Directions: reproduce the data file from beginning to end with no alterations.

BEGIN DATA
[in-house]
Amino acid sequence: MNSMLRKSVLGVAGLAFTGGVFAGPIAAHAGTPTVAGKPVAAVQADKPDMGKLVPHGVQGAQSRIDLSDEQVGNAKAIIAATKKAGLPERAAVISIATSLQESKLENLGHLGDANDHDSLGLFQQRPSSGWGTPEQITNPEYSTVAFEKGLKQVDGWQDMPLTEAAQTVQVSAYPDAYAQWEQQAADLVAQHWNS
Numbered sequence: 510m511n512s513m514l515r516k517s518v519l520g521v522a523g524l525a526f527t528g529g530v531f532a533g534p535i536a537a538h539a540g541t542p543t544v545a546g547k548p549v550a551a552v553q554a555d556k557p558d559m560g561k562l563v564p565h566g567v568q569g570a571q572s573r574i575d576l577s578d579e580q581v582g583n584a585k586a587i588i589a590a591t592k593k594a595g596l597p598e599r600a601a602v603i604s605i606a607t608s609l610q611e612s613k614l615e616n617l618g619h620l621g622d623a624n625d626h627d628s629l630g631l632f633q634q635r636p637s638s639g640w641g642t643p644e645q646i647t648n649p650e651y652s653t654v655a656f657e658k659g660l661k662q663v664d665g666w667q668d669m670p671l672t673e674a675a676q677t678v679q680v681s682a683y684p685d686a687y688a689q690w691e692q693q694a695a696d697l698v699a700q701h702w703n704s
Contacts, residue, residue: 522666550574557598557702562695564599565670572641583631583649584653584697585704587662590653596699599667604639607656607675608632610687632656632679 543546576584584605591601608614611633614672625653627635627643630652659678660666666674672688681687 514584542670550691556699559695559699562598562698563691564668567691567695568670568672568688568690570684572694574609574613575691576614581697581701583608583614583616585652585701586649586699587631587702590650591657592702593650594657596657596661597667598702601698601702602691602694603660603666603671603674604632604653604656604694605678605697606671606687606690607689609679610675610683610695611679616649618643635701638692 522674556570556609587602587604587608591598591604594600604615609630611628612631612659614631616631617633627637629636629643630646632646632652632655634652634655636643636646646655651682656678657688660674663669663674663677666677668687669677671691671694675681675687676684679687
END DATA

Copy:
[in-house]
Amino acid sequence: MNSMLRKSVLGVAGLAFTGGVFAGPIAAHAGTPTVAGKPVAAVQADKPDMGKLVPHGVQGAQSRIDLSDEQVGNAKAIIAATKKAGLPERAAVISIATSLQESKLENLGHLGDANDHDSLGLFQQRPSSGWGTPEQITNPEYSTVAFEKGLKQVDGWQDMPLTEAAQTVQVSAYPDAYAQWEQQAADLVAQHWNS
Numbered sequence: 510m511n512s513m514l515r516k517s518v519l520g521v522a523g524l525a526f527t528g529g530v531f532a533g534p535i536a537a538h539a540g541t542p543t544v545a546g547k548p549v550a551a552v553q554a555d556k557p558d559m560g561k562l563v564p565h566g567v568q569g570a571q572s573r574i575d576l577s578d579e580q581v582g583n584a585k586a587i588i589a590a591t592k593k594a595g596l597p598e599r600a601a602v603i604s605i606a607t608s609l610q611e612s613k614l615e616n617l618g619h620l621g622d623a624n625d626h627d628s629l630g631l632f633q634q635r636p637s638s639g640w641g642t643p644e645q646i647t648n649p650e651y652s653t654v655a656f657e658k659g660l661k662q663v664d665g666w667q668d669m670p671l672t673e674a675a676q677t678v679q680v681s682a683y684p685d686a687y688a689q690w691e692q693q694a695a696d697l698v699a700q701h702w703n704s
Contacts, residue, residue: 522666550574557598557702562695564599565670572641583631583649584653584697585704587662590653596699599667604639607656607675608632610687632656632679 543546576584584605591601608614611633614672625653627635627643630652659678660666666674672688681687 514584542670550691556699559695559699562598562698563691564668567691567695568670568672568688568690570684572694574609574613575691576614581697581701583608583614583616585652585701586649586699587631587702590650591657592702593650594657596657596661597667598702601698601702602691602694603660603666603671603674604632604653604656604694605678605697606671606687606690607689609679610675610683610695611679616649618643635701638692 522674556570556609587602587604587608591598591604594600604615609630611628612631612659614631616631617633627637629636629643630646632646632652632655634652634655636643636646646655651682656678657688660674663669663674663677666677668687669677671691671694675681675687676684679687